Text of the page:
Out of these, Common crow, Double Branded Crow and Dark Blue Tiger butterflies travel from the Western Ghats to the Eastern Ghats sometime during may-june-july. Later, their progeny migrates back to the Western Ghats. The reason for this migration could be the rains - SW monsoon. During the months of May-June, the western ghats receive the first rainfall of the year. Then the rain gets oppressive and the butterflies migrate eastwards. Later between September and October, the next generation of these migrated butterflies return to the Western Ghats. So this time of the year (May-June) You may find these migratory butterflies right in your garden. Try and spot them !!! :)

From top to bottom: Double Branded crow, Common crow, Dark Blue tiger

"Dormitory pakka tiger machcha !!!"

Hm... this is one dialogue I hear very frequently these days. It comes in various forms and stories. "You know WHAT!!! I roamed around Nagarhole for three days in search of a tiger... NOT A SINGLE DAMN TIGER did I find! The fourth day I was disappointed enought to pack my stuff. JUST that evening, I saw a tigress roaming about so close to the dormitory itself!!! And yeah, I got my DREAM shots!" is one friend's way of putting it.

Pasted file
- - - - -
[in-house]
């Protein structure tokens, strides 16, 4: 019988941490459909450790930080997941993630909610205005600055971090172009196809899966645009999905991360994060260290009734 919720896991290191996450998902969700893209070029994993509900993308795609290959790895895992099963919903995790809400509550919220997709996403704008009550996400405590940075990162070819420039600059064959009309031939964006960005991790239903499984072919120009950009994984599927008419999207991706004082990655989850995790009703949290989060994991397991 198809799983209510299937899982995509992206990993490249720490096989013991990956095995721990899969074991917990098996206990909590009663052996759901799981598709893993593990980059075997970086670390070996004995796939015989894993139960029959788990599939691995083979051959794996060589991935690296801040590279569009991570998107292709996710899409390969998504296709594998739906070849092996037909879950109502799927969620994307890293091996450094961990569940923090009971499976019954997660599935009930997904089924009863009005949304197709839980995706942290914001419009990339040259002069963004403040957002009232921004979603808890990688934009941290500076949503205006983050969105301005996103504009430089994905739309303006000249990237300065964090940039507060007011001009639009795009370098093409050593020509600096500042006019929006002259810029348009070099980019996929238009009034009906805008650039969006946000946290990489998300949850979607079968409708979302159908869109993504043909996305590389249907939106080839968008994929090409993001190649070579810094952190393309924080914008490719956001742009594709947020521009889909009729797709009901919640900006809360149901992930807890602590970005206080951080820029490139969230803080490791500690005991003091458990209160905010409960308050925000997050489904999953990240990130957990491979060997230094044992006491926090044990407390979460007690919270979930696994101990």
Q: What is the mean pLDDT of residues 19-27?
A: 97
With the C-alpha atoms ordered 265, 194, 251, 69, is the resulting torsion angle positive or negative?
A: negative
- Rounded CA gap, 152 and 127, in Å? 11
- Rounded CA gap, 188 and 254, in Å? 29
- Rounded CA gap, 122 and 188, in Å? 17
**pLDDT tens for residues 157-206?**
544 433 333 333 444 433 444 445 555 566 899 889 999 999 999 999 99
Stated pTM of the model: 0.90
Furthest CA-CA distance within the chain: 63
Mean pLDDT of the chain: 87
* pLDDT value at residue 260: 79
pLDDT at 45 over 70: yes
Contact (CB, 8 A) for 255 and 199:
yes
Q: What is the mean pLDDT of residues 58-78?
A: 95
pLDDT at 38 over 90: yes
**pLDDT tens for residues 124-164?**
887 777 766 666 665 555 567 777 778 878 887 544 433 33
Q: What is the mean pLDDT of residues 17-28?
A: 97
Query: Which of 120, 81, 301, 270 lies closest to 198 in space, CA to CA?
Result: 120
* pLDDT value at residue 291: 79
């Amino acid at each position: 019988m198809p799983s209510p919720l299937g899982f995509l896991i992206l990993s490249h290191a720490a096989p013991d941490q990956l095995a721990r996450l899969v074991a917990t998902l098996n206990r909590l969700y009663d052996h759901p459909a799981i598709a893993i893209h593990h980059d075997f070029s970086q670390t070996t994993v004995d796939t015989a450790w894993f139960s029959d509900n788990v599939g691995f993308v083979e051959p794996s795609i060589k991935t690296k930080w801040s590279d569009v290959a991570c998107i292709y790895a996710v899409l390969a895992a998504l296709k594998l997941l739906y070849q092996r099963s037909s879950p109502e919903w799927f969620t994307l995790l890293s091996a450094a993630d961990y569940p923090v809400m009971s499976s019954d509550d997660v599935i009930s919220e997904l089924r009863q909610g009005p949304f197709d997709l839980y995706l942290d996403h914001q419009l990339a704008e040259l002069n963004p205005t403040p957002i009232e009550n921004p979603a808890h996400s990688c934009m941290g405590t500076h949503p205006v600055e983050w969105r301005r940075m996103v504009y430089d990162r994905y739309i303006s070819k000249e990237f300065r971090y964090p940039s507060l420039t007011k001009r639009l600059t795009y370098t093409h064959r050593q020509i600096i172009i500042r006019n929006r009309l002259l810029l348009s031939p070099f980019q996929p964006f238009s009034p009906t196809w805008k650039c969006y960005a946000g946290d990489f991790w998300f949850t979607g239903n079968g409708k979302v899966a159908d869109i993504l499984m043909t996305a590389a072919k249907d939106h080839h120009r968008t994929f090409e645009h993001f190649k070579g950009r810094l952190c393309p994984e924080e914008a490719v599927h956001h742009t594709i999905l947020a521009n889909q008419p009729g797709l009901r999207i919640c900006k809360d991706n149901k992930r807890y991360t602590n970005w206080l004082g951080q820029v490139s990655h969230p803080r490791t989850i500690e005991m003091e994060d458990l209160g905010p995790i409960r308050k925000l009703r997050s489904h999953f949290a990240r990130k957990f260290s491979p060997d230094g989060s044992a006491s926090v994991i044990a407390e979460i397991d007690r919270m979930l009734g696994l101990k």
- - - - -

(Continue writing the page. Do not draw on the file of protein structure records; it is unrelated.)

"My friends told me I would get to see a tiger in Nagarhole. I went there and stayed for one whole week. I never saw any. Just the next week of my return, the same friend spotted a tiger right next to the dormitory. He got amazing pictures too. Oh I'm so unlucky!" Is another friend's story. "Three hours in the core area, and one hour right next to the gate is equivalent. You get the same stuff... in fact, you have more chances near the gate than in the core area. Don't waste your time in the safari." Is a piece of advice one of my friends gave me.

So what caused the tigers to frequent human habitat? Human habitat in the sense - 'the gate', near the dormitory, close to the well... why are tigers spotted more often in such places than in natural habitats? I thought about this for a long time...

My observation is that, a lot of spotted deer wander around the dormitories of Bandipur-Nagarhole. In fact, you can find SO MANY spotted deer around the dormitory early in the morning that even the count in the safari can't beat it. These spotted deer are so bold, they just don't go away. What makes them come to this part of the forest?

What I think is - humans. Yes, the presence of humans gives confidence to the deer. Confidence enough to stay there, eat there, sleep there and even have babies there...